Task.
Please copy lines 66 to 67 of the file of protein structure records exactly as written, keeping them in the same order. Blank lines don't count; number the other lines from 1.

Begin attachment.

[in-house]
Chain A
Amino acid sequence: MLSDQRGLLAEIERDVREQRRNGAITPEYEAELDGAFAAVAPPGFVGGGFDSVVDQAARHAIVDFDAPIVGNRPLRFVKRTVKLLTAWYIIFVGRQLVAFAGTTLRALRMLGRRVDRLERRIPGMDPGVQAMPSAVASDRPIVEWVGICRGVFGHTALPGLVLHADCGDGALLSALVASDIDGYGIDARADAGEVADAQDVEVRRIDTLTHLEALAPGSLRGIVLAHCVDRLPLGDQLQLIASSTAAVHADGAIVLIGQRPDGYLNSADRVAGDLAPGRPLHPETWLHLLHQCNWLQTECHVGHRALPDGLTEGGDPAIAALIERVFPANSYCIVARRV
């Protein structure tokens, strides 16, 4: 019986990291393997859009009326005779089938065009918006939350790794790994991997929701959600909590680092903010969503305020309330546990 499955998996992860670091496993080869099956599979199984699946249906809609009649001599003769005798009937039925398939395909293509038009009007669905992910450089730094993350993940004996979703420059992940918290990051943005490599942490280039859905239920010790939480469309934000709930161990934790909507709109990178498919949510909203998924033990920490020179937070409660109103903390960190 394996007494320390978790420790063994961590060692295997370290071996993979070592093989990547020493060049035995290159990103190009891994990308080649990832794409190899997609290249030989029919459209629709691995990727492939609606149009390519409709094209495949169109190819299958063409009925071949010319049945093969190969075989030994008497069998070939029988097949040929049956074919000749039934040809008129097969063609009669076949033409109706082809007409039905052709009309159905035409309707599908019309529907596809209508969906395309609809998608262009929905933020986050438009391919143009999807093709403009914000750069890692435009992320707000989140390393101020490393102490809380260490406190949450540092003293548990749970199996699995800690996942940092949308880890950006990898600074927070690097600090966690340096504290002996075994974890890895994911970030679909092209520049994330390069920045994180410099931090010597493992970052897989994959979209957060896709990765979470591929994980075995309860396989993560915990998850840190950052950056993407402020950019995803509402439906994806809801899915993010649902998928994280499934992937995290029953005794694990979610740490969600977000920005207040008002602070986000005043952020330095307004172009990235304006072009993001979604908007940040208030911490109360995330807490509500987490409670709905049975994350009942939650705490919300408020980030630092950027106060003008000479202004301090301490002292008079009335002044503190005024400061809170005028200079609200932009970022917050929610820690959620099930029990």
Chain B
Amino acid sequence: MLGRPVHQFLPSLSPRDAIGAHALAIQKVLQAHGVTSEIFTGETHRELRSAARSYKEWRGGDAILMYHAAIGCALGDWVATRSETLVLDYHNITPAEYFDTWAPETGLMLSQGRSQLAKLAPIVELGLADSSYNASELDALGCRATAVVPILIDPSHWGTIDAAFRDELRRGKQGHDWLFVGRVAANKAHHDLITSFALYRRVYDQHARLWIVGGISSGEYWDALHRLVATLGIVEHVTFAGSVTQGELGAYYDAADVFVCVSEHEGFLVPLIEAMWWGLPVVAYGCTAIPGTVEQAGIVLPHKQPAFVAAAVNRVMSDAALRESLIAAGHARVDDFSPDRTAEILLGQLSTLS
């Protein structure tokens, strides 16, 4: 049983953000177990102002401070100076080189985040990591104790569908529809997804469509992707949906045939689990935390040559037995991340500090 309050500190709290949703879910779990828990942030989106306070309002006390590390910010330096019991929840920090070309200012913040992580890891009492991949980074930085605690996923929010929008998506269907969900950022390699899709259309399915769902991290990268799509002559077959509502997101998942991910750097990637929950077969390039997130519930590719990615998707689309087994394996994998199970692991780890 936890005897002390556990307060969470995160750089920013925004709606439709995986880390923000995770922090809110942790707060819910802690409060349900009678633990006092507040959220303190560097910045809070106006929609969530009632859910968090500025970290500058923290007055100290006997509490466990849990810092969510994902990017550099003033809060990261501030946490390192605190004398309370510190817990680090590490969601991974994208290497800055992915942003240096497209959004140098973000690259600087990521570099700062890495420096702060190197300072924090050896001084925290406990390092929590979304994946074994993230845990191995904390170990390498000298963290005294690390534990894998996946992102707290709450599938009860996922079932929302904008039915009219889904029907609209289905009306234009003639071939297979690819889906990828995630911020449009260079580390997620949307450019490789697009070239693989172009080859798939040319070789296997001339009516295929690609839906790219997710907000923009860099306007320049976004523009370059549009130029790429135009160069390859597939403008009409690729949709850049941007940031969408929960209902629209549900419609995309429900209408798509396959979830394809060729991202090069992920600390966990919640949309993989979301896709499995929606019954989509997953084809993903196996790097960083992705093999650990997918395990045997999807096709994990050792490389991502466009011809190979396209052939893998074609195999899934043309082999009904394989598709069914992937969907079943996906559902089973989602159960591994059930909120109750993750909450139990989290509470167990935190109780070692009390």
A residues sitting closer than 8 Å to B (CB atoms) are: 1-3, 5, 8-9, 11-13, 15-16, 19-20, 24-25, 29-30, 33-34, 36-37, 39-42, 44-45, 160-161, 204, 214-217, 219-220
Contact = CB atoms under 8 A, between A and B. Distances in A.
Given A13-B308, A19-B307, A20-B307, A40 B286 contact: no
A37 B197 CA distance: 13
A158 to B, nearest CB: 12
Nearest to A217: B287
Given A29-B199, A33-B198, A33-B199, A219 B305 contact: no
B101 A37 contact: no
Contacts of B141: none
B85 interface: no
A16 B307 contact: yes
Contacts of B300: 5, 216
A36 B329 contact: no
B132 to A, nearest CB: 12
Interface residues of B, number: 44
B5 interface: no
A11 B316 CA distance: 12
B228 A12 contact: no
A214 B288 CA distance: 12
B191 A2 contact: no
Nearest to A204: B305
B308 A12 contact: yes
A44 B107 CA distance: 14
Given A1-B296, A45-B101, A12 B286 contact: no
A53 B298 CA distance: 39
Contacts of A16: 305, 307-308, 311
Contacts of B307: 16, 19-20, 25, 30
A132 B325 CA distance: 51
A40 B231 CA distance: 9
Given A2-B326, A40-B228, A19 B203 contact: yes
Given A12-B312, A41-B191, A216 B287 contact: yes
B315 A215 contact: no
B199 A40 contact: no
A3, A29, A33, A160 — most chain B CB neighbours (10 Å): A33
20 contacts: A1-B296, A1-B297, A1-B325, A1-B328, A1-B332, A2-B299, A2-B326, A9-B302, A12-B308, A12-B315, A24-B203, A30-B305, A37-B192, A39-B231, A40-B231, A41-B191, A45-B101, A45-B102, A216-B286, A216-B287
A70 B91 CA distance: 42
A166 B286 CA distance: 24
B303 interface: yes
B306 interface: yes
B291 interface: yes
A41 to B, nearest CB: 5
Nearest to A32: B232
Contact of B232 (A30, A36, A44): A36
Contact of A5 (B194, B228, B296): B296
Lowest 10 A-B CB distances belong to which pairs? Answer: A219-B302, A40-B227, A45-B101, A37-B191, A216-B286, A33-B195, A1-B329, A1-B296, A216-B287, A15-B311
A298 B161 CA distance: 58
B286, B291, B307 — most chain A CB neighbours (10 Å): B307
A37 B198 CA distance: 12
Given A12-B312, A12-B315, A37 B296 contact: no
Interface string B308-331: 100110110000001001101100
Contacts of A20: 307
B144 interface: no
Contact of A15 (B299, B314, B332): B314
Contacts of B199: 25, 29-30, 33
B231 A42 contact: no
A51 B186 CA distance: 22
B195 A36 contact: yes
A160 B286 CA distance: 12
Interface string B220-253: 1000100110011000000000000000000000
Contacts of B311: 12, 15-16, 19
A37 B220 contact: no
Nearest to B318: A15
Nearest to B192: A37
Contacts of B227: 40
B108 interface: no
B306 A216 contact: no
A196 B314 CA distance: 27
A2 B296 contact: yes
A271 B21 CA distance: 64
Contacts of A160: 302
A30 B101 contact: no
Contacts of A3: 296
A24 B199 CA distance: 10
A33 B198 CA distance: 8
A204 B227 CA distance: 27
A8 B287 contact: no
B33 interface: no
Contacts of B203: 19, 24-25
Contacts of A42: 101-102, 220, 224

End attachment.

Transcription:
Interface string B220-253: 1000100110011000000000000000000000
Contacts of B311: 12, 15-16, 19